Mental health claims dropped, which was surprising, considering all the issues during the pandemic. What are you seeing in that space right now?
There is a little bit of a twist there because they dropped below the levels of 2020, which had more than doubled from 2019, but they are still up from pre-pandemic levels. Remember, that is specific to our book of business and what claims trends showed. I would be shocked if mental health related claims are back down to pre-pandemic levels any time soon. In this report, we found the frequency of mental illness claims in 2019 was 0.6 per 10,000 employees. In 2020, it was up to about 1.4 per 10,000 people and then in 2021 slightly down to 1.1 claim per 10,000. That was for claims in excess of 200,000, so the data obviously considers the most serious issues that involve inpatient stays. If that trend is still high, it’s safe to say employers are seeing increases at lower dollar amounts as well and should be thinking about how to manage it.
Some reports have shown premium rates at renewal are up about 10% this year. Is that where you are standing, too?
Pre-COVID, we were in double digits because of inflation and the other trends, and we just completed our January renewals and were over 10% as well.
What about dollar amounts of claims? Reports have shown that they are generally rising as well.
Claims were up both in frequency and severity in 2021. One measurement on cost was largely focused on cancers. The frequency increased by 20%, and severity [cost] was up by 6% over what we saw in 2020.
What kind of cost-containment actions should employers be thinking about considering the claims data? Where can they focus efforts in the next couple of years?
Site of care for infusion therapy may be a good place to start by considering non-facility settings to reduce costs. Ordering the treatment through a specialty pharmacy to be administered at home either by the patient or a home health aide can save the plan considerably while also improving the patient’s experience. Instead of spending time and energy to travel and wait for treatment at a facility, the patient receives treatment in the comfort of home.
“There is a ton of waste in the pharmaceutical ecosystem, which is a leading charge for employer health plans. Employers should look to utilize transparent specialty pharmacies rather than a traditional pharmacy benefits manager and partner with a plan administrator focused on cost containment aimed at reducing waste.”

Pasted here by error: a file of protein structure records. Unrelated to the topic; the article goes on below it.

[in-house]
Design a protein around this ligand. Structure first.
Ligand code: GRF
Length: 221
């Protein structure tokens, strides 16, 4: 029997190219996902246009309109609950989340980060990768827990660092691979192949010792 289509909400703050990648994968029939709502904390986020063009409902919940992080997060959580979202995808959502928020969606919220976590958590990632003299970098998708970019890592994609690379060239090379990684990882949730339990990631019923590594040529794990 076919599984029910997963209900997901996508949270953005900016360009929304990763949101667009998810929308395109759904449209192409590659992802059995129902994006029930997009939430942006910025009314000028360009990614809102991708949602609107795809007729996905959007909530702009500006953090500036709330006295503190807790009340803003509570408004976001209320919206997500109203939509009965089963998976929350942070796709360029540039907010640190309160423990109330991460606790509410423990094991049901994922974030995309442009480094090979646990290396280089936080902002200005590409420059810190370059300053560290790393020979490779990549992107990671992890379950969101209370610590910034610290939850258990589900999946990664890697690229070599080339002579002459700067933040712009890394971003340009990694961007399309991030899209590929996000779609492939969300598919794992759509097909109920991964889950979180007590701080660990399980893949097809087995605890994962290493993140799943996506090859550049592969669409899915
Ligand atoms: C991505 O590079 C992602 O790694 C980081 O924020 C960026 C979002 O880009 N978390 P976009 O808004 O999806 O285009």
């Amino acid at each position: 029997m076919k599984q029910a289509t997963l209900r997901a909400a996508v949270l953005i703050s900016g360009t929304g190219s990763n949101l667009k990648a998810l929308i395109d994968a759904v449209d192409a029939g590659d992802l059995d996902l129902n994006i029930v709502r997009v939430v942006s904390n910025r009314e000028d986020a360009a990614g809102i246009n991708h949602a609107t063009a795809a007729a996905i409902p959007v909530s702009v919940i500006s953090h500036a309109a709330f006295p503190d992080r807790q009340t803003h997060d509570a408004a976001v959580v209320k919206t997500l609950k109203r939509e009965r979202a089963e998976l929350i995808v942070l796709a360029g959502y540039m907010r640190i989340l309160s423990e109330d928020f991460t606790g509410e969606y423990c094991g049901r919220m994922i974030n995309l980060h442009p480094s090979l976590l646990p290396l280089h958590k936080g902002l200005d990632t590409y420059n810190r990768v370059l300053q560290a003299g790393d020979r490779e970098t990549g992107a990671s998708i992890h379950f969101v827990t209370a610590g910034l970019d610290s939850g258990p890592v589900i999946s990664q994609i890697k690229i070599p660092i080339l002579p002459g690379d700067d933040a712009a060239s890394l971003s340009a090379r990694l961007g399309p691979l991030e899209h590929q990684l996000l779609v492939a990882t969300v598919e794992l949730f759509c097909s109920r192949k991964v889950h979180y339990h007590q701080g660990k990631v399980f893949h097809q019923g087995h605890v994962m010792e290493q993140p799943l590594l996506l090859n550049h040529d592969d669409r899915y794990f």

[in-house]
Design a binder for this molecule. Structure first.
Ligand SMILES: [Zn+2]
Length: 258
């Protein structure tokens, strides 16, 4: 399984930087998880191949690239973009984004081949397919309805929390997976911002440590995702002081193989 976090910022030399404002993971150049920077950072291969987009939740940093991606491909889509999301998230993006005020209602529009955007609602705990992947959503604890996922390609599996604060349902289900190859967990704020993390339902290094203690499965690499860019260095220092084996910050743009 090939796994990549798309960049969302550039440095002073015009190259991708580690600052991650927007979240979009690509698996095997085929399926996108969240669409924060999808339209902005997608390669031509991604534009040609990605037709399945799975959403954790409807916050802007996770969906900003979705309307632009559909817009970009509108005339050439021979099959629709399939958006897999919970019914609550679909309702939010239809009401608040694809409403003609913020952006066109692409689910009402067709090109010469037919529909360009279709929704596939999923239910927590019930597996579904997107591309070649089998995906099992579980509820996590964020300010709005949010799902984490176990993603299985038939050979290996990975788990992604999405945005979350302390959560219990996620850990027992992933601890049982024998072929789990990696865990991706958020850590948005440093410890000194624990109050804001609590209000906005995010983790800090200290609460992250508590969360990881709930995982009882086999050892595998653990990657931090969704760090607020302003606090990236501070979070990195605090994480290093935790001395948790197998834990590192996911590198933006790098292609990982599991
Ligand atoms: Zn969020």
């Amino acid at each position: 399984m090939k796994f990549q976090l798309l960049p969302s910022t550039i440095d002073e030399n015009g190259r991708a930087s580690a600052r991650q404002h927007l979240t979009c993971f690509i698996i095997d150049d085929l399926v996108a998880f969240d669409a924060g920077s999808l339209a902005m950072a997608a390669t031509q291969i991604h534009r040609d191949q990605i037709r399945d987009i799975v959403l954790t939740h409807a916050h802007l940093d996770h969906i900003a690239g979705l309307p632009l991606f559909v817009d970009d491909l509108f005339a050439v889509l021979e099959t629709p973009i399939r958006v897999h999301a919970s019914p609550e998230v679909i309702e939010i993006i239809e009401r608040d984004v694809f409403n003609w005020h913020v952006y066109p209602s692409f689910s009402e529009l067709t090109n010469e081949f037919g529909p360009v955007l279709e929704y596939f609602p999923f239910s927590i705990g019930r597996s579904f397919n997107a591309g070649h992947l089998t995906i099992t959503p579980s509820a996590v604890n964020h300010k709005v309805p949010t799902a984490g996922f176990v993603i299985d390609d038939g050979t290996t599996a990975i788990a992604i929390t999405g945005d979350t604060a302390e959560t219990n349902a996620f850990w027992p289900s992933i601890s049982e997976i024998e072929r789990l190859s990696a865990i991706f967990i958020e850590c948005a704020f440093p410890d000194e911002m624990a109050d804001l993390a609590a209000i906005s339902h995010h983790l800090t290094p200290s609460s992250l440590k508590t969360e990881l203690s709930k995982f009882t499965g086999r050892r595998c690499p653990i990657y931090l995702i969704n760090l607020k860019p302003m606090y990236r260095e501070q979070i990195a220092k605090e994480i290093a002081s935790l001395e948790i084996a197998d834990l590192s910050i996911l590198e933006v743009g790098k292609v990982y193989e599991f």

There is a ton of waste in the pharmaceutical ecosystem, which is a leading charge for employer health plans. Employers should look to utilize transparent specialty pharmacies rather than a traditional pharmacy benefits manager and partner with a plan administrator focused on cost containment aimed at reducing waste.

They should also strongly consider unbundling their program—a plan administrator and stop-loss carrier should be independent of each other. That can help in a lot of ways. A strong stop-loss carrier should provide both proactive and retroactive cost containment support; they can support the benefit plan in review of egregious claims.

Finally, patients who are considered to have comorbidities are becoming more prevalent. That was a driving factor in why we saw such an uptick in COVID claims among the younger generations. As the more infectious variants started to develop, we were seeing it hit younger generations, and I think it’s common knowledge now that if people had comorbidities they were at far greater risk of serious illness. This includes obesity and diabetes, and the younger generations are not immune to that. Obesity has increased from one third of the population to about 40% of adults in the past two decades. And during the pandemic we saw greater stress-related eating and drinking, which led to reports of increased body mass index. The comorbidities poured the fuel, and COVID lit the match.

This speaks to the overall health of the U.S. population and how it is impacting employers’ health plans and stop-loss claims. Many stop-loss claims, outside of genetic conditions, are largely driven by lifestyle factors. Employers should focus on overall population health and influencing that through wellness coaching and whatever behavioral health offerings they can provide. Make it affordable and accessible to lead a healthy lifestyle. The more engaged an employer group is with their health plan, the better off their results can be.

As discussed, we don’t anticipate stop-loss claim frequency or severity declining. The medical stop-loss market has grown to close to $30 billion, and loss ratios in this space have climbed for the last decade. Employers really need to focus on managing first-dollar claims. Stop loss is a small piece of the overall healthcare expense. And the excess loss carriers are far downstream and thus don’t have the ability to impact first-dollar claims.

But I cannot express enough the importance of employers’ partnering with a stop-loss partner with a strong underwriting and claim payment reputation so they know that, when they do have a claim, we are there to support them in a challenging time. We are working quickly to get funds back to the employer groups so the impact of a member’s health crises doesn’t have a financial impact on their business.

Tammy Worth Healthcare Editor Read More